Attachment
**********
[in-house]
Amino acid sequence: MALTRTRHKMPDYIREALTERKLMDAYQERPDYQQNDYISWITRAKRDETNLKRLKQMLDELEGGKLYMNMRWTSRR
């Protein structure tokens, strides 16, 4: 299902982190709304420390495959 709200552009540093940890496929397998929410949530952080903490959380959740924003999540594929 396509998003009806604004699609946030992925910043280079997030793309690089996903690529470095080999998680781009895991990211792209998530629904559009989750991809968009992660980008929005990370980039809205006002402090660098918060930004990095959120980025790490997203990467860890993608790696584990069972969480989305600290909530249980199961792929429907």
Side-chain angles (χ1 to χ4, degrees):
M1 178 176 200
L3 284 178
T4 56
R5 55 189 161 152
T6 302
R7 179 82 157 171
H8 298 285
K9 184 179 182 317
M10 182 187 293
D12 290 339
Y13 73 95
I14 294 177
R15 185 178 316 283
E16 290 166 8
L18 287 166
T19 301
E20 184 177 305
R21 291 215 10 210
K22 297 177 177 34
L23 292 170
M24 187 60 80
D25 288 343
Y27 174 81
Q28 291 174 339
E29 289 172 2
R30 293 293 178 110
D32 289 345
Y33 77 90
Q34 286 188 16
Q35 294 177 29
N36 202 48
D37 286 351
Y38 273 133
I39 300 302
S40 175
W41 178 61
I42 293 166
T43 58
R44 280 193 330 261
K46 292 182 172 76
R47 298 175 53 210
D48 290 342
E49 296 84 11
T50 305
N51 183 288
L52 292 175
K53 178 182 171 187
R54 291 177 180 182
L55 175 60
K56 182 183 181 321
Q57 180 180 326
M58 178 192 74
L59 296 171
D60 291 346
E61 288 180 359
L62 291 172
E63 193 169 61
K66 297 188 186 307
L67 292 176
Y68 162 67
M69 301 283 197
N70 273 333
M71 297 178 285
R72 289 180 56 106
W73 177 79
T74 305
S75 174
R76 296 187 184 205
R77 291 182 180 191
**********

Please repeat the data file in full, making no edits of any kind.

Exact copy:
[in-house]
Amino acid sequence: MALTRTRHKMPDYIREALTERKLMDAYQERPDYQQNDYISWITRAKRDETNLKRLKQMLDELEGGKLYMNMRWTSRR
């Protein structure tokens, strides 16, 4: 299902982190709304420390495959 709200552009540093940890496929397998929410949530952080903490959380959740924003999540594929 396509998003009806604004699609946030992925910043280079997030793309690089996903690529470095080999998680781009895991990211792209998530629904559009989750991809968009992660980008929005990370980039809205006002402090660098918060930004990095959120980025790490997203990467860890993608790696584990069972969480989305600290909530249980199961792929429907």
Side-chain angles (χ1 to χ4, degrees):
M1 178 176 200
L3 284 178
T4 56
R5 55 189 161 152
T6 302
R7 179 82 157 171
H8 298 285
K9 184 179 182 317
M10 182 187 293
D12 290 339
Y13 73 95
I14 294 177
R15 185 178 316 283
E16 290 166 8
L18 287 166
T19 301
E20 184 177 305
R21 291 215 10 210
K22 297 177 177 34
L23 292 170
M24 187 60 80
D25 288 343
Y27 174 81
Q28 291 174 339
E29 289 172 2
R30 293 293 178 110
D32 289 345
Y33 77 90
Q34 286 188 16
Q35 294 177 29
N36 202 48
D37 286 351
Y38 273 133
I39 300 302
S40 175
W41 178 61
I42 293 166
T43 58
R44 280 193 330 261
K46 292 182 172 76
R47 298 175 53 210
D48 290 342
E49 296 84 11
T50 305
N51 183 288
L52 292 175
K53 178 182 171 187
R54 291 177 180 182
L55 175 60
K56 182 183 181 321
Q57 180 180 326
M58 178 192 74
L59 296 171
D60 291 346
E61 288 180 359
L62 291 172
E63 193 169 61
K66 297 188 186 307
L67 292 176
Y68 162 67
M69 301 283 197
N70 273 333
M71 297 178 285
R72 289 180 56 106
W73 177 79
T74 305
S75 174
R76 296 187 184 205
R77 291 182 180 191